Research also shows that increased consumption of molybdenum might cause reduced bone mineral density and bone growth. Today, there isn’t any controlled research on humans. Nevertheless, the observational survey of 1496 people found fascinating results.[xi]
Taking too much molybdenum causes a build-up of uric acid because of the actions of the enzyme xanthine oxidase. Gouts occur when increased uric acid levels in the blood cause tiny crystals to form within the joints, resulting in swelling and pain.[xii]
Research also shows a close link between reproductive difficulties and high molybdenum intake.[xiii]
Dosage And Preparation
The National Academies Of Sciences, Engineering, And Medicine determine the DRI (Dietary Reference Intake) for minerals and vitamins.[xiv] These are the amounts you should eat from all sources based on sex, age, and other factors such as pregnancy. The recommended daily allowance for molybdenum are as follows:
- 1 – 3 years – 0.017 mg every day
- 4 – 8 years – 0.022 mg every day
- 9 – 13 years – 0.034 mg every day
- 14 – 18 years – 0.043 mg every day
- 19+ years – 0.045 mg every day
Where To Get Your Molybdenum
You can get your recommended daily intake of molybdenum from the food you eat as well as supplements. Nevertheless, it’s best to get your molybdenum from food sources because you also get other nutrients and enjoy other benefits. However, with molybdenum supplements, you only get the mineral and nothing else.
Almost with no exception, you don’t need molybdenum supplements. A study showed that Americans eat about 0.12 milligrams to 0.24 milligrams per day from dietary sources, well exceeding the daily-recommended allowance.
Incase you’re still concerned about molybdenum deficiency, consult a doctor to get a proper diagnosis for the amount you need. In most cases, you can get enough molybdenum from food sources such as:
- Legumes – 0.002 milligrams per 100 g
- Rice – 0.002 milligrams per 100 grams
- Sunflower seeds – 0.03 milligrams per 100 grams
- Peanut butter – 0.008 milligrams per 100 g
- Peanuts – 0.02 milligrams per 100 grams
If you take supplements, they are often available in tablet form, with doses that range from 250 micrograms to 500 micrograms. Also, there are some multivitamins that contain molybdenum. While molybdenum poisoning isn’t likely, the allowable Upper Limit from all food sources is 2 milligrams every day. At this point, the body should be able to process and excrete extra molybdenum with no accumulation risks.
If you are considering taking the molybdenum supplement, you should only choose the brands, which have been thoroughly tested and approved by independent certifying authorities such ConsumerLab, NSF International, or U.S. Pharmacopeia. Always consult a doctor before you start indulging in alternative therapy without fully understanding the limitations, benefits, and risks of treatment.
What is the main health benefit of molybdenum?
What food are high in molybdenum?
Is molybdenum bad for your health?
What are the symptoms of molybdenum deficiency?
What happens if you take lots of molybdenum?
What causes molybdenum deficiency?
- [i] Molybdenum. Fact Sheet for Health Professionals. National Institutes of Health. Updated June 3, 2020
- [ii] Pennington JA, Jones JW. Molybdenum, nickel, cobalt, vanadium, and strontium in total diets. J Am Diet Assoc. 1987 Dec;87(12):1644-50. PMID: 3680822.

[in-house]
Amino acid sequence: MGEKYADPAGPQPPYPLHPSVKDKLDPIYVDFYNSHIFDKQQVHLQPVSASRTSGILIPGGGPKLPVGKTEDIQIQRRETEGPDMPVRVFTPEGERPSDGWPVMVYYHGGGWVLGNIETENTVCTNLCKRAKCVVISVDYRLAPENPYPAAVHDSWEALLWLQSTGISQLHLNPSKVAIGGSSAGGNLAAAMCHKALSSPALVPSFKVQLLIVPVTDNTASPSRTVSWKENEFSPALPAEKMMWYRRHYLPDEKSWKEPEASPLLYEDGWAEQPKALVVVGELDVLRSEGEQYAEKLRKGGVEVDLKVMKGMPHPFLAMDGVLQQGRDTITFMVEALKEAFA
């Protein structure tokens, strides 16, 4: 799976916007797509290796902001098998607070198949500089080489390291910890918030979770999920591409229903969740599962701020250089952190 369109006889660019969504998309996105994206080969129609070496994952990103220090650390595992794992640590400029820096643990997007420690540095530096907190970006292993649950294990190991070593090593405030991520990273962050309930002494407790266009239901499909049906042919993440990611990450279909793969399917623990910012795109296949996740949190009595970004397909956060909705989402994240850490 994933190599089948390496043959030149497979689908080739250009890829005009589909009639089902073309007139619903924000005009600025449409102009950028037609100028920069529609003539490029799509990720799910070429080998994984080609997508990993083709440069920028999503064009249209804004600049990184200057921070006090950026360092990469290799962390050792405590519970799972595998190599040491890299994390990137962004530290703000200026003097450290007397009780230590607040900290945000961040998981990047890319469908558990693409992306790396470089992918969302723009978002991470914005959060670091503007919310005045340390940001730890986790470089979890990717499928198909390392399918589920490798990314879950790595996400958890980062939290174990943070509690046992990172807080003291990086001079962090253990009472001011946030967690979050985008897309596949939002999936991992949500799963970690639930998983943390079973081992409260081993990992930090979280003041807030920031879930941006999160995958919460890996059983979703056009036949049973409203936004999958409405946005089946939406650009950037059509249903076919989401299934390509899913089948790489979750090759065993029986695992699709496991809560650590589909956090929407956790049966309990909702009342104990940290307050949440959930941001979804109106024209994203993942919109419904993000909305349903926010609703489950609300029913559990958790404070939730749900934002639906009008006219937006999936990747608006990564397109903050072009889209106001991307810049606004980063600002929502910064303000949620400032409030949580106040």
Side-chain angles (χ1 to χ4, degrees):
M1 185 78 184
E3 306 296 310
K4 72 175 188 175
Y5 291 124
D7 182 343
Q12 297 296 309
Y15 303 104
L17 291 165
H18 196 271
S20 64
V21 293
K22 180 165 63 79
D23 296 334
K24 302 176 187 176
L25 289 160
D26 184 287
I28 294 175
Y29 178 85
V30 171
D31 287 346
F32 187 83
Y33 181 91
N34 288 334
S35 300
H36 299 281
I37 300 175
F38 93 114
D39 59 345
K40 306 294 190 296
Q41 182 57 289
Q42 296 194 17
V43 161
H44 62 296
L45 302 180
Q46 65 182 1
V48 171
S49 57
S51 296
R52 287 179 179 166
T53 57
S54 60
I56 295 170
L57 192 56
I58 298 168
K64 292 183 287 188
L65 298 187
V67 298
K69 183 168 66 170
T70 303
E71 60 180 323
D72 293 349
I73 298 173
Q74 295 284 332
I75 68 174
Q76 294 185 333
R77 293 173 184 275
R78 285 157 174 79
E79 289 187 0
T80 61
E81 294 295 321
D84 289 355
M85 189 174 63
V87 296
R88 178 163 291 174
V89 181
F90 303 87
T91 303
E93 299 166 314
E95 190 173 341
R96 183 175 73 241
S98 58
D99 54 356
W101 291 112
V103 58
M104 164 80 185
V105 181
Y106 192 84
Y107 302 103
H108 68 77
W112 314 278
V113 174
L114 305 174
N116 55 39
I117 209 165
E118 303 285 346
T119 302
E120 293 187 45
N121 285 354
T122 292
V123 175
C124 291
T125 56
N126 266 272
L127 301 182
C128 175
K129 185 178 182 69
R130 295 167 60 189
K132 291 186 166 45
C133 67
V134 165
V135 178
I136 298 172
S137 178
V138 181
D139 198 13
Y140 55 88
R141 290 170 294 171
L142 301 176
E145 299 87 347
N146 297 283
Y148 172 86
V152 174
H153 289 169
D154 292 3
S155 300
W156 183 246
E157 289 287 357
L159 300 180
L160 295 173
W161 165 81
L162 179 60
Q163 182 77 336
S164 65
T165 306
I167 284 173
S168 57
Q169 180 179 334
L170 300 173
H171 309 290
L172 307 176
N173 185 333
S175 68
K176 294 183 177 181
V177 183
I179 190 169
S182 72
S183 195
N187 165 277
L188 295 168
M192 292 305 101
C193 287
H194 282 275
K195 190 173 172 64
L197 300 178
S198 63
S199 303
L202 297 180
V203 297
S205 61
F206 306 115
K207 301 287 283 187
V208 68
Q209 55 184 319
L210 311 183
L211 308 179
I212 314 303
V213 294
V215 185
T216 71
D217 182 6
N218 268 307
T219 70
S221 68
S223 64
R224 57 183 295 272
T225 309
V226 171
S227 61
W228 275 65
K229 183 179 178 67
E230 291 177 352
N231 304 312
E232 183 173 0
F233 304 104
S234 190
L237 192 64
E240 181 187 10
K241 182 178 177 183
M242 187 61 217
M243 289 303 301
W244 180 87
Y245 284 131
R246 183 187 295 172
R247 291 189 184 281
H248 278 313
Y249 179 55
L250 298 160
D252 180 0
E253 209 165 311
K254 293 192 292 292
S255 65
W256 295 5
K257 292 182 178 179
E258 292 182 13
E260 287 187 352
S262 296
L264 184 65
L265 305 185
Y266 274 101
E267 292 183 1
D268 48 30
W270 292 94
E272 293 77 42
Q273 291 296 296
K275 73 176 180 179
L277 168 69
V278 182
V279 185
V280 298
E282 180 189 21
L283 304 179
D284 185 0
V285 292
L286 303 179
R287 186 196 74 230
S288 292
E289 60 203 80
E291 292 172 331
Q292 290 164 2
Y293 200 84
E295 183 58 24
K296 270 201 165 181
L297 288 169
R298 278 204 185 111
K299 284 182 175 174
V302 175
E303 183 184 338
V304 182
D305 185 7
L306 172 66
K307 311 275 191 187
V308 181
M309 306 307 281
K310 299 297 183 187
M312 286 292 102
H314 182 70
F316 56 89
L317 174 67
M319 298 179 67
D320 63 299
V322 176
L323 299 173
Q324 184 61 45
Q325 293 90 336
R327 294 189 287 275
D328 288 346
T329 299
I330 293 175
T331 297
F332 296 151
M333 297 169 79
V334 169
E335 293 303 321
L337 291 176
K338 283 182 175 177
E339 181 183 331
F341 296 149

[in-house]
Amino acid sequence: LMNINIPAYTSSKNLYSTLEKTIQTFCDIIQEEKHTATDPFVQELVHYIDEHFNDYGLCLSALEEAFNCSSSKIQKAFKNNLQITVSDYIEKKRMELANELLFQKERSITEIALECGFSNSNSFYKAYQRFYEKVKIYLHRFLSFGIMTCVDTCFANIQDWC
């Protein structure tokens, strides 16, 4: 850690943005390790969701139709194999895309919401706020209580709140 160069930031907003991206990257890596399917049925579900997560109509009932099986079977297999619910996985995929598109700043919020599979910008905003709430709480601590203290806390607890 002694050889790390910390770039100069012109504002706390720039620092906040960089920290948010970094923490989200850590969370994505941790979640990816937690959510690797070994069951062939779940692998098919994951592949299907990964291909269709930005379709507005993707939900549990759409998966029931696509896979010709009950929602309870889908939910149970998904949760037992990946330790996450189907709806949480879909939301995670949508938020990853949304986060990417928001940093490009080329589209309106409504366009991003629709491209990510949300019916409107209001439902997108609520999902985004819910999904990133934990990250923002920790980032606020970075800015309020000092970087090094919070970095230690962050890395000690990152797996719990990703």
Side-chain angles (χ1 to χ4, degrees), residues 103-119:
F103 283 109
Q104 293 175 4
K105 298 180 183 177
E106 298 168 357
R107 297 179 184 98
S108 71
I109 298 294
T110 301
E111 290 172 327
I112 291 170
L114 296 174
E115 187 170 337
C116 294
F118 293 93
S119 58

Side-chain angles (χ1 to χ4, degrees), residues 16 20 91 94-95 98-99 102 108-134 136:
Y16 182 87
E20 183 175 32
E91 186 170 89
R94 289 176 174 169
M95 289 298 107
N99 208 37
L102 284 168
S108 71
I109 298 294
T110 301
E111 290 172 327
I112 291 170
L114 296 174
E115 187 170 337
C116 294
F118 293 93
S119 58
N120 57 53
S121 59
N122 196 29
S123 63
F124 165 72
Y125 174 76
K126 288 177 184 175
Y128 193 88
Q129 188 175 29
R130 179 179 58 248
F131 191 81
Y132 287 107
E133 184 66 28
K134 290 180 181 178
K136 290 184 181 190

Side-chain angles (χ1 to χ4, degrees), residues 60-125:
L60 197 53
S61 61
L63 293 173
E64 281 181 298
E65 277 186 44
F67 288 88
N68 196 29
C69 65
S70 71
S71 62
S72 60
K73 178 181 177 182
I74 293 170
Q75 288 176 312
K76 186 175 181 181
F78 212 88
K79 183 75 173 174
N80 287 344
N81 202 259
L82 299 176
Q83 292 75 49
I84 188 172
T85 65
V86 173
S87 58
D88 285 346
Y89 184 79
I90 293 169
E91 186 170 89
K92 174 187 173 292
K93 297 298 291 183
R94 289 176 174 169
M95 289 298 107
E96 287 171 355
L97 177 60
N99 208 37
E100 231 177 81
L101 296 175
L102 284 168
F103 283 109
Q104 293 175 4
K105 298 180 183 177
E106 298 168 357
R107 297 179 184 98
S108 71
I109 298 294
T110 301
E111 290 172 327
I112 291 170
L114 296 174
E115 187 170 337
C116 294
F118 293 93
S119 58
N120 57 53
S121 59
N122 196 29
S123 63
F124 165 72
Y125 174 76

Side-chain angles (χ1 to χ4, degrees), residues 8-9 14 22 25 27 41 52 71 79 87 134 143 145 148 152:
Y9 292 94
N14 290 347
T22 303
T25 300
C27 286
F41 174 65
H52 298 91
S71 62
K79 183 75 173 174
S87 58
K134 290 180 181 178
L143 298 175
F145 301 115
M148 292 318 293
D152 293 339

- [iii] Abumrad NN, Schneider AJ, Steel D, Rogers LS. Amino acid intolerance during prolonged total parenteral nutrition reversed by molybdate therapy. Am J Clin Nutr. 1981 Nov;34(11):2551-9. doi: 10.1093/ajcn/34.11.2551. PMID: 6795919.
- [iv] Blot WJ, Li JY, Taylor PR, Guo W, Dawsey S, Wang GQ, Yang CS, Zheng SF, Gail M, Li GY, et al. Nutrition intervention trials in Linxian, China: supplementation with specific vitamin/mineral combinations, cancer incidence, and disease-specific mortality in the general population. J Natl Cancer Inst. 1993 Sep 15;85(18):1483-92. doi: 10.1093/jnci/85.18.1483. PMID: 8360931.
- [v] Nouri M, Chalian H, Bahman A, Mollahajian H, Ahmadi-Faghih M, Fakheri H, Soroush A. Nail molybdenum and zinc contents in populations with low and moderate incidence of esophageal cancer. Arch Iran Med. 2008 Jul;11(4):392-6. PMID: 18588371
- [vi] U.S. National Library of Medicine/National Institutes of Health. Molybdenum cofactor deficiency. Washington, D.C.; updated January 2, 2019.
- [vii] Tsongas, T.; Meglen, R.; Walravens, P. et al. Molybdenum in the diet: an estimate of average daily intake in the United States. Arc J Clin Nutrition. 1980;5(1):1103-7. DOI: 10.1093/ajcn/33.5.1103.
- [viii] Vally, H., & Misso, N. L. (2012). Adverse reactions to the sulphite additives. Gastroenterology and hepatology from bed to bench, 5(1), 16–23.
- [ix] Turnlund JR, Keyes WR, Peiffer GL. Molybdenum absorption, excretion, and retention studied with stable isotopes in young men at five intakes of dietary molybdenum. Am J Clin Nutr. 1995 Oct;62(4):790-6. doi: 10.1093/ajcn/62.4.790. PMID: 7572711
- [x] Momcilovic, B. A case report of acute human molybdenum toxicity from a dietary molybdenum supplement–a new member of the “Lucor metallicum” family. Arh Hig Rada Toksikol. 1999 Sep;50(3):289-97.
- [xi] Lewis RC, Johns LE, Meeker JD. Exploratory analysis of the potential relationship between urinary molybdenum and bone mineral density among adult men and women from NHANES 2007-2010. Chemosphere. 2016 Dec;164:677-682. doi: 10.1016/j.chemosphere.2016.08.142. Epub 2016 Sep 16. PMID: 27639340; PMCID: PMC5048579
- [xii] Vyskocil A, Viau C. Assessment of molybdenum toxicity in humans. J Appl Toxicol. 1999 May-Jun;19(3):185-92. doi: 10.1002/(sici)1099-1263(199905/06)19:3<185::aid-jat555>3.0.co;2-z. PMID: 10362269.
- [xiii] Meeker, J. D., Rossano, M. G., Protas, B., Padmanahban, V., Diamond, M. P., Puscheck, E., Daly, D., Paneth, N., & Wirth, J. J. (2010). Environmental exposure to metals and male reproductive hormones: circulating testosterone is inversely associated with blood molybdenum. Fertility and sterility, 93(1), 130–140. https://doi.org/10.1016/j.fertnstert.2008.09.044
- [xiv] National Academies of Sciences, Engineering, and Medicine. Dietary Reference Intakes Tables and Application. Washington, D.C.; updated January 16, 2018.